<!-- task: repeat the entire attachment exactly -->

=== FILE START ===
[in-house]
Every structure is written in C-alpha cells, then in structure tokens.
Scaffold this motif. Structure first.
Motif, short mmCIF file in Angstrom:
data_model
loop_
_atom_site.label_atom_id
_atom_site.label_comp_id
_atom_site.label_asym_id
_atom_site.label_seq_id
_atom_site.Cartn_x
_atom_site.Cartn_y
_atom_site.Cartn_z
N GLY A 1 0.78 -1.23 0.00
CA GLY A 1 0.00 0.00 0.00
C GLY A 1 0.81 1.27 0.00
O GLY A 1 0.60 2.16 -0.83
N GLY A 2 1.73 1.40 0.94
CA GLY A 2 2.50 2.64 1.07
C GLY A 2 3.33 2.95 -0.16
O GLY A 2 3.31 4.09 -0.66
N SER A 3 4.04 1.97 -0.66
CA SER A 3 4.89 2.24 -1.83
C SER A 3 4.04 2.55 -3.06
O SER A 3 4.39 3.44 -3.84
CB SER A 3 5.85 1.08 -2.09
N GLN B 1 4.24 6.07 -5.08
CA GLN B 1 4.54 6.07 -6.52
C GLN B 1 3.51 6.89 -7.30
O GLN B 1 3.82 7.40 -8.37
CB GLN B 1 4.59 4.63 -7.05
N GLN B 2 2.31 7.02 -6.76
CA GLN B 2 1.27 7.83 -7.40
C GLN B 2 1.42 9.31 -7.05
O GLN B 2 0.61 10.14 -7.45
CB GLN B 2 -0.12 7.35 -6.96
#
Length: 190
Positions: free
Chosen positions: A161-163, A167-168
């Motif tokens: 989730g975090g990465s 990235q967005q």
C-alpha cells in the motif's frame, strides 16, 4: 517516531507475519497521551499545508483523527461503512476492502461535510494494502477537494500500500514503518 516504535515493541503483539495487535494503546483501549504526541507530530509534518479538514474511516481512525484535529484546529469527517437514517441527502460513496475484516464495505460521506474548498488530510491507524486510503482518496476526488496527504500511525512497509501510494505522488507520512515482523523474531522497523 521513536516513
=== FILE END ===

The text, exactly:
[in-house]
Every structure is written in C-alpha cells, then in structure tokens.
Scaffold this motif. Structure first.
Motif, short mmCIF file in Angstrom:
data_model
loop_
_atom_site.label_atom_id
_atom_site.label_comp_id
_atom_site.label_asym_id
_atom_site.label_seq_id
_atom_site.Cartn_x
_atom_site.Cartn_y
_atom_site.Cartn_z
N GLY A 1 0.78 -1.23 0.00
CA GLY A 1 0.00 0.00 0.00
C GLY A 1 0.81 1.27 0.00
O GLY A 1 0.60 2.16 -0.83
N GLY A 2 1.73 1.40 0.94
CA GLY A 2 2.50 2.64 1.07
C GLY A 2 3.33 2.95 -0.16
O GLY A 2 3.31 4.09 -0.66
N SER A 3 4.04 1.97 -0.66
CA SER A 3 4.89 2.24 -1.83
C SER A 3 4.04 2.55 -3.06
O SER A 3 4.39 3.44 -3.84
CB SER A 3 5.85 1.08 -2.09
N GLN B 1 4.24 6.07 -5.08
CA GLN B 1 4.54 6.07 -6.52
C GLN B 1 3.51 6.89 -7.30
O GLN B 1 3.82 7.40 -8.37
CB GLN B 1 4.59 4.63 -7.05
N GLN B 2 2.31 7.02 -6.76
CA GLN B 2 1.27 7.83 -7.40
C GLN B 2 1.42 9.31 -7.05
O GLN B 2 0.61 10.14 -7.45
CB GLN B 2 -0.12 7.35 -6.96
#
Length: 190
Positions: free
Chosen positions: A161-163, A167-168
């Motif tokens: 989730g975090g990465s 990235q967005q």
C-alpha cells in the motif's frame, strides 16, 4: 517516531507475519497521551499545508483523527461503512476492502461535510494494502477537494500500500514503518 516504535515493541503483539495487535494503546483501549504526541507530530509534518479538514474511516481512525484535529484546529469527517437514517441527502460513496475484516464495505460521506474548498488530510491507524486510503482518496476526488496527504500511525512497509501510494505522488507520512515482523523474531522497523 521513536516513